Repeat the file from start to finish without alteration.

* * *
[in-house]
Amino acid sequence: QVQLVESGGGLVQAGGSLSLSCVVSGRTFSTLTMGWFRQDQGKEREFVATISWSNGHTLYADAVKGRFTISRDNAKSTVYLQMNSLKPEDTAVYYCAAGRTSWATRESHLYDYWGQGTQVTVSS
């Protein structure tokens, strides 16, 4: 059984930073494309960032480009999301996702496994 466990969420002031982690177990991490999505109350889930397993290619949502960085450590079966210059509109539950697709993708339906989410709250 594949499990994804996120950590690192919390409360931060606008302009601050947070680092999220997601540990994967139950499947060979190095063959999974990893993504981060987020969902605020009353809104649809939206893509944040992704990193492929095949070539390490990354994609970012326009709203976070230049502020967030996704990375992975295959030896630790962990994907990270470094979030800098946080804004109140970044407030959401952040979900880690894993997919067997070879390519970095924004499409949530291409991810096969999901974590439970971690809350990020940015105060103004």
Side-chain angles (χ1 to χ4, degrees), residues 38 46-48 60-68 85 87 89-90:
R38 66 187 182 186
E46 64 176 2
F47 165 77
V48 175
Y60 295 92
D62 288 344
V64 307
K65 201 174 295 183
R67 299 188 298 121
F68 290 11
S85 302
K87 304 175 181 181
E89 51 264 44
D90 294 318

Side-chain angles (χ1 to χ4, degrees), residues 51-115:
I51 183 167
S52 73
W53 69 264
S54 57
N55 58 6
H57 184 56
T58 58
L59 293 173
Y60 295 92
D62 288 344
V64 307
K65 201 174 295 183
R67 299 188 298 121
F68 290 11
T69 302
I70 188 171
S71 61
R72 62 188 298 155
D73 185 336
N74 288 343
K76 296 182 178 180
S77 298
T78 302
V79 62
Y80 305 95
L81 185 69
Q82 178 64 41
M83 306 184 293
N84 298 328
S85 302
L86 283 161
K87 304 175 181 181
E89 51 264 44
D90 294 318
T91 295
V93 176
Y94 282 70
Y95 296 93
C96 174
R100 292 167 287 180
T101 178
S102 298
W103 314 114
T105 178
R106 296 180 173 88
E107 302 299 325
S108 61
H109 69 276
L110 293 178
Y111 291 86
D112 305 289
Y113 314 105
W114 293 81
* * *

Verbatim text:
[in-house]
Amino acid sequence: QVQLVESGGGLVQAGGSLSLSCVVSGRTFSTLTMGWFRQDQGKEREFVATISWSNGHTLYADAVKGRFTISRDNAKSTVYLQMNSLKPEDTAVYYCAAGRTSWATRESHLYDYWGQGTQVTVSS
């Protein structure tokens, strides 16, 4: 059984930073494309960032480009999301996702496994 466990969420002031982690177990991490999505109350889930397993290619949502960085450590079966210059509109539950697709993708339906989410709250 594949499990994804996120950590690192919390409360931060606008302009601050947070680092999220997601540990994967139950499947060979190095063959999974990893993504981060987020969902605020009353809104649809939206893509944040992704990193492929095949070539390490990354994609970012326009709203976070230049502020967030996704990375992975295959030896630790962990994907990270470094979030800098946080804004109140970044407030959401952040979900880690894993997919067997070879390519970095924004499409949530291409991810096969999901974590439970971690809350990020940015105060103004």
Side-chain angles (χ1 to χ4, degrees), residues 38 46-48 60-68 85 87 89-90:
R38 66 187 182 186
E46 64 176 2
F47 165 77
V48 175
Y60 295 92
D62 288 344
V64 307
K65 201 174 295 183
R67 299 188 298 121
F68 290 11
S85 302
K87 304 175 181 181
E89 51 264 44
D90 294 318

Side-chain angles (χ1 to χ4, degrees), residues 51-115:
I51 183 167
S52 73
W53 69 264
S54 57
N55 58 6
H57 184 56
T58 58
L59 293 173
Y60 295 92
D62 288 344
V64 307
K65 201 174 295 183
R67 299 188 298 121
F68 290 11
T69 302
I70 188 171
S71 61
R72 62 188 298 155
D73 185 336
N74 288 343
K76 296 182 178 180
S77 298
T78 302
V79 62
Y80 305 95
L81 185 69
Q82 178 64 41
M83 306 184 293
N84 298 328
S85 302
L86 283 161
K87 304 175 181 181
E89 51 264 44
D90 294 318
T91 295
V93 176
Y94 282 70
Y95 296 93
C96 174
R100 292 167 287 180
T101 178
S102 298
W103 314 114
T105 178
R106 296 180 173 88
E107 302 299 325
S108 61
H109 69 276
L110 293 178
Y111 291 86
D112 305 289
Y113 314 105
W114 293 81